Justin Fox recently wrote a provocative book, The Myth of the Rational Market (2009). I could not help but consider cleantech and nanotech investing as I read this book, including the IPO market for 2011 which we all hope will be an improvement over the past several years. In his book, Fox looks at the history of finance theory, tackling questions academics have dug into over the decades such as "How was a corporation to decide if an investment was worth pursuing?" Other subjects include index funds and how these finance theories relate to the real world of investing, including bubbles. The gist is that quite possibly the markets are not rational, and shrewd investors can indeed beat the market (e.g., looking for stocks listing at prices below their intrinsic values). In our experience, shrewd (above average) analysis of intellectual property issues can be one source of potentially beating the market.
The question of which investments are worth pursuing also reminds me of analogies such as which grant proposals are worth funding? Recently, for example, we sat through a day of meetings to review grant proposals in the nanotech arena, and the choices were difficult. Are there any academic theories to address selection of the best funding proposals? In view of government’s increasing role in funding innovation (e.g., ARPA-E), such theories should be explored.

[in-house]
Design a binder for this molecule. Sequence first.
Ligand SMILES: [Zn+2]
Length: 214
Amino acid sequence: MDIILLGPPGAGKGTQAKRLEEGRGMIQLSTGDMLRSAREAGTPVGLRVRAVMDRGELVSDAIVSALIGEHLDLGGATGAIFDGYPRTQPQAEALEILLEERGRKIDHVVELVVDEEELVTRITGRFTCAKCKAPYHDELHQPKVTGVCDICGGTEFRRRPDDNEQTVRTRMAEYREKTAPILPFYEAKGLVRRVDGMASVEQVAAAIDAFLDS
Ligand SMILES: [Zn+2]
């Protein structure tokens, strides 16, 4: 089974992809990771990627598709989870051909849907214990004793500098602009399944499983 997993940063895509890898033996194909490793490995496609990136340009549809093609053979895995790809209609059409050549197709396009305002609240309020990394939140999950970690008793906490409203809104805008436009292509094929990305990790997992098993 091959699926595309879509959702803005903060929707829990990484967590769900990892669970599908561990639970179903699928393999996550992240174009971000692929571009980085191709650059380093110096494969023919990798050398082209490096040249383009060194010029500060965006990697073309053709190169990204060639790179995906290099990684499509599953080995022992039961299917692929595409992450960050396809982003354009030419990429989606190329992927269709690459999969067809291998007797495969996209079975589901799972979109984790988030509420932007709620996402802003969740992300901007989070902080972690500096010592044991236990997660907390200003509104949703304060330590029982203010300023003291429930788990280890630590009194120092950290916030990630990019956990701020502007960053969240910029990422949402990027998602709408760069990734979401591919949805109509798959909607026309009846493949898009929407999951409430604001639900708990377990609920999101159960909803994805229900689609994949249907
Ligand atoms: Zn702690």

On a practical note, lets hope the first quarter ends with some really good news for cleantech and nanotech with respect to IPOs and corporate valuations. Moreover, for each positive financial outcome in the private sector, someone should be checking if government played a role in the success. That might help bridge the gap between theory and successful investing.